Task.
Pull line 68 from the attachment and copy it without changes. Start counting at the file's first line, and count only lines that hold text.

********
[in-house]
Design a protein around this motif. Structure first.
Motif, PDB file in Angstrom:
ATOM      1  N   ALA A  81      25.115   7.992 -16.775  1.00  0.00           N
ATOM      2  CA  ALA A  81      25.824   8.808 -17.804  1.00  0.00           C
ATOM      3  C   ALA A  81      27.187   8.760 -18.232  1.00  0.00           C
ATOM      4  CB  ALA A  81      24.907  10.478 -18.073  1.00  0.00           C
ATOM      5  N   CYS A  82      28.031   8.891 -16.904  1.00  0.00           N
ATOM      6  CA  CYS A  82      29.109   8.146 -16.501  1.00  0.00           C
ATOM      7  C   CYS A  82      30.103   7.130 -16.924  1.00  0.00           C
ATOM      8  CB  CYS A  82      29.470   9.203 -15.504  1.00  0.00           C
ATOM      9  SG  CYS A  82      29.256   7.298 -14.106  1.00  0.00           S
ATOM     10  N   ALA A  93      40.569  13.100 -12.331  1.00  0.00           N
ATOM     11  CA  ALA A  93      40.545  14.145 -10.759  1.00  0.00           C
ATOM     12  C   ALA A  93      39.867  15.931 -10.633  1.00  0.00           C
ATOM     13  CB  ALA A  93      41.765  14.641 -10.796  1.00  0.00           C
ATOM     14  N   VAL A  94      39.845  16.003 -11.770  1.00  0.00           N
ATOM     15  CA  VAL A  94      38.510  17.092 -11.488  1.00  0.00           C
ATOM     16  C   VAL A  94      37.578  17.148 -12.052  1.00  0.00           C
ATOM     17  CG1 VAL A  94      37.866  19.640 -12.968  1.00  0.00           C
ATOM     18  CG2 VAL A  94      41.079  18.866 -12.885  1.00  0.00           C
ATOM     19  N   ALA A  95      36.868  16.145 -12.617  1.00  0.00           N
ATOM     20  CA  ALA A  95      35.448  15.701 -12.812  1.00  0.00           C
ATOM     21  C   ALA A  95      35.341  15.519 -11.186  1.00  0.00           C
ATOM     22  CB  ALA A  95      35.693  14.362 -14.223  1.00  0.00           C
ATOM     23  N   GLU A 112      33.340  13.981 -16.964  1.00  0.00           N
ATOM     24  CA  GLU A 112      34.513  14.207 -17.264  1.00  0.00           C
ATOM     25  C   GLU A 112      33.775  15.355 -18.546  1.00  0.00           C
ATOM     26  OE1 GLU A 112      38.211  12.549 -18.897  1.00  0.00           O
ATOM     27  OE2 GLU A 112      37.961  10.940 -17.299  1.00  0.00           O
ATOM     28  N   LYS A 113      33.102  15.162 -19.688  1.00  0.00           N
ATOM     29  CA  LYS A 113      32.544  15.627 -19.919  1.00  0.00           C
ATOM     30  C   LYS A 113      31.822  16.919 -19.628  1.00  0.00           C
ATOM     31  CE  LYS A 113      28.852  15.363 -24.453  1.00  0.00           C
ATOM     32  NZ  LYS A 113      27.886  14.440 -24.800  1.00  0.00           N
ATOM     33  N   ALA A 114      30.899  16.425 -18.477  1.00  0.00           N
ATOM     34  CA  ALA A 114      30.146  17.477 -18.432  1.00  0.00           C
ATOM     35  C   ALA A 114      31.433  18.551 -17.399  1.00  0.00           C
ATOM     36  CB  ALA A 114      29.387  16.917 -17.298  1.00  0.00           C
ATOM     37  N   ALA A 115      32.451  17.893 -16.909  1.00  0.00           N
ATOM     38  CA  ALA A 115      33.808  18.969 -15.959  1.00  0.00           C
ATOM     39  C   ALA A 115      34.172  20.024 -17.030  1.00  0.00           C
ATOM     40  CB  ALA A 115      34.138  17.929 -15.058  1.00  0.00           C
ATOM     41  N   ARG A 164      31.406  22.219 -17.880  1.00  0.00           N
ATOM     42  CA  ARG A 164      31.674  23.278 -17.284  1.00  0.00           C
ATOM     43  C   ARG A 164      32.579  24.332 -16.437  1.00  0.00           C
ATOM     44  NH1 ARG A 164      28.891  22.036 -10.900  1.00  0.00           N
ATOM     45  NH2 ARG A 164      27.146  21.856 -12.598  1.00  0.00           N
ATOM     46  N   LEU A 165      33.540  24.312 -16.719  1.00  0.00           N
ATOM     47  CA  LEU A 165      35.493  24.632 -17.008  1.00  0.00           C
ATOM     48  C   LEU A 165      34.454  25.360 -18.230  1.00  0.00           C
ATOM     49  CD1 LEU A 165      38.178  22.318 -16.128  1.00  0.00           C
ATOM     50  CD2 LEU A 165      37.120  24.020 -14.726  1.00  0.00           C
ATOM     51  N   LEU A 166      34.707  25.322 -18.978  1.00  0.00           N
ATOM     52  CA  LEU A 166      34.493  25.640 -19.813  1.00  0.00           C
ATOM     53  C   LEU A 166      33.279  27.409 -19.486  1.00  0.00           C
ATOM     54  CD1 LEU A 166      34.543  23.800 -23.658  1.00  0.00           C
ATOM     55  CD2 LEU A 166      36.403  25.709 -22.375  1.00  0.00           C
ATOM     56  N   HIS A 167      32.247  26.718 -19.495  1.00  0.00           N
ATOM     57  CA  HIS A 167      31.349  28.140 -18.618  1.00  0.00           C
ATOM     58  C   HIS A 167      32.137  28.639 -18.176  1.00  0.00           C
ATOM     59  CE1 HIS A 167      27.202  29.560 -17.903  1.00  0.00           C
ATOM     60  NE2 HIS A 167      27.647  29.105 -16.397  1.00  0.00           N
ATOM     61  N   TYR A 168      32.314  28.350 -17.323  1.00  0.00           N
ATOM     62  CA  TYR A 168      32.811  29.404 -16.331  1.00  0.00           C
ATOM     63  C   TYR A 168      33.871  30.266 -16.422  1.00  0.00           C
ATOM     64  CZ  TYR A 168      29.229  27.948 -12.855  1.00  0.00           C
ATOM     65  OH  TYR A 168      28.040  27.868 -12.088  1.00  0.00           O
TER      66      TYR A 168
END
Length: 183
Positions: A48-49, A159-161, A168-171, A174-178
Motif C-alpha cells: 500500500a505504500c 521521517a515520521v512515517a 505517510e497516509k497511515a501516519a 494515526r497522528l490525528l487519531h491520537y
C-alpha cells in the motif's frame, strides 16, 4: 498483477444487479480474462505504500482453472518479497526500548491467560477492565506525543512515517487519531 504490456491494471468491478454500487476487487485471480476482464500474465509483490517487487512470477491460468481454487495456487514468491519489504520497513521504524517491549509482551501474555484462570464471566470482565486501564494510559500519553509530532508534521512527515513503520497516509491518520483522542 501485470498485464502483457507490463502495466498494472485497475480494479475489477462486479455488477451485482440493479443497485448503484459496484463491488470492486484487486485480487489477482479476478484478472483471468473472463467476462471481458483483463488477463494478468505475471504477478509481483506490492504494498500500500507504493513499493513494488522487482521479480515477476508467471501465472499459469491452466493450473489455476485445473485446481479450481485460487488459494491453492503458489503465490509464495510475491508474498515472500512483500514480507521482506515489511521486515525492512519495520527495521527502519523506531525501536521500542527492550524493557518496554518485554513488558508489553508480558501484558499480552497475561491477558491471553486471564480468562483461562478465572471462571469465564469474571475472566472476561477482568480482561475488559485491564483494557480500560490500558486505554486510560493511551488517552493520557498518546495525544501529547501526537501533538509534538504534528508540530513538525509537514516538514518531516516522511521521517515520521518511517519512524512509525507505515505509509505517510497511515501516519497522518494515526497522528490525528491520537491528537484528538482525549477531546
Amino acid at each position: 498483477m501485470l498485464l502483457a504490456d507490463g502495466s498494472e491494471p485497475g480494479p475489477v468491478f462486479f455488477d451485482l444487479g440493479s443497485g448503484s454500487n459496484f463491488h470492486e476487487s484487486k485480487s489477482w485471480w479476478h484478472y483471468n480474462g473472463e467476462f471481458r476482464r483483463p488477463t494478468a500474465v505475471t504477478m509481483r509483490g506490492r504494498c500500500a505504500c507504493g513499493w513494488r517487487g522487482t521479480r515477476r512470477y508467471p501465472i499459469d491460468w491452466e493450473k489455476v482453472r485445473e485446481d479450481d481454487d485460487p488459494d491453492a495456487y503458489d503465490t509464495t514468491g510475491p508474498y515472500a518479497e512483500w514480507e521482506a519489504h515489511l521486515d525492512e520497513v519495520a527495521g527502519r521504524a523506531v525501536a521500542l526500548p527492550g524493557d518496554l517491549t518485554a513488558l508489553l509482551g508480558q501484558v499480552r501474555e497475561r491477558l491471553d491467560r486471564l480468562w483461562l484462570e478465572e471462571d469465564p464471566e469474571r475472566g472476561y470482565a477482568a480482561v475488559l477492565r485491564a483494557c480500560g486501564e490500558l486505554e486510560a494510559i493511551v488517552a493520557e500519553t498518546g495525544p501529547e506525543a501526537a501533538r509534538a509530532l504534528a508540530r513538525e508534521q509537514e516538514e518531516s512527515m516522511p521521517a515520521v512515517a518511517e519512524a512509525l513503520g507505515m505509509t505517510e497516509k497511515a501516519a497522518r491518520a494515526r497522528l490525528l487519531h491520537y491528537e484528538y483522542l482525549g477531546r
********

ATOM     65  OH  TYR A 168      28.040  27.868 -12.088  1.00  0.00           O